I had the pleasure of meeting so many people on this trip, and there was one guy I was especially psyched to meet: Mr. Paul Chetwynd.
I think it’s a well known fact that Paul has played a big role in introducing mountainbiking into Japan. As a fast rider, and for the pure bike lover aura, he has been an influential figure in the Japanese scene for about two decades now. I myself have been riding MTB for over 20 years, and have kind of known him for a long time. I also saw him everywhere when I was touring around the downhill circuit. And finally, I formally met him and talked to him this time around.
As we talked, it was revealed to me that he was one of the first guys to build bike trails in BC, Canada about a quarter century ago, which later became the phenomenon in the global MTB scene in the last decade. I was lucky to ride there as early as in 1999, but there had been a solid history that made it happen. Paul is my hero for doing that, and he is a real trail blazer as these words stand. He also runs the Japanese distributor of Cove Bikes, a North Shore-bred brand that I fell in love with as well.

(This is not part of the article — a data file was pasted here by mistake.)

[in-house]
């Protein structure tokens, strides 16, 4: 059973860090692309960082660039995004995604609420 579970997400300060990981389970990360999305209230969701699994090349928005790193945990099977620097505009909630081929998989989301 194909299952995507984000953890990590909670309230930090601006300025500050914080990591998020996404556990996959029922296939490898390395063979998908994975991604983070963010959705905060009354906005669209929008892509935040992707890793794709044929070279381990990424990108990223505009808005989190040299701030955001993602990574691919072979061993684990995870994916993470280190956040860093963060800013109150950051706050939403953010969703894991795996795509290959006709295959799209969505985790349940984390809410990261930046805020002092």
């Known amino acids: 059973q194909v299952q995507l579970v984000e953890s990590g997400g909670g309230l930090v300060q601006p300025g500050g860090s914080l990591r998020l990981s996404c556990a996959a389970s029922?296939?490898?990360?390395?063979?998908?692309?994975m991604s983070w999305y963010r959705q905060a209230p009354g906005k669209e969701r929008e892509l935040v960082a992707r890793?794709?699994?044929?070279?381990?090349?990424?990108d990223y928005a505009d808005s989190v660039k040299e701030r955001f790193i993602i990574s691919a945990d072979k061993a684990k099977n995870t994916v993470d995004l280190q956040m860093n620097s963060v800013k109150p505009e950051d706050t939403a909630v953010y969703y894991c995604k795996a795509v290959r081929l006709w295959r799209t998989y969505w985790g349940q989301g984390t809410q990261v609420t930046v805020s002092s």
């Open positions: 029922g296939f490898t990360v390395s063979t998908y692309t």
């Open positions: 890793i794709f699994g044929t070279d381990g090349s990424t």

I was flattered to find out that Paul sort of knew me as, for one thing, the guy who first introduced Norco MTBs from Canada, and for the other, the crazy downhill rider who put some motocross bike fork on a mountain bike years ago. I’d like to talk about this in detail later, but it was when downhill MTBs were equipped with single-crown forks and rim brakes.
What really impressed me in his talk was that he could ride faster and jump bigger now despite the age thanks to the evolution of mountain bikes. Bikes are wings for the riders. Mechanism and materials exist and keep evolving in order to make things possible for the users. It seemed like the high point in this trip that I was reminded of that.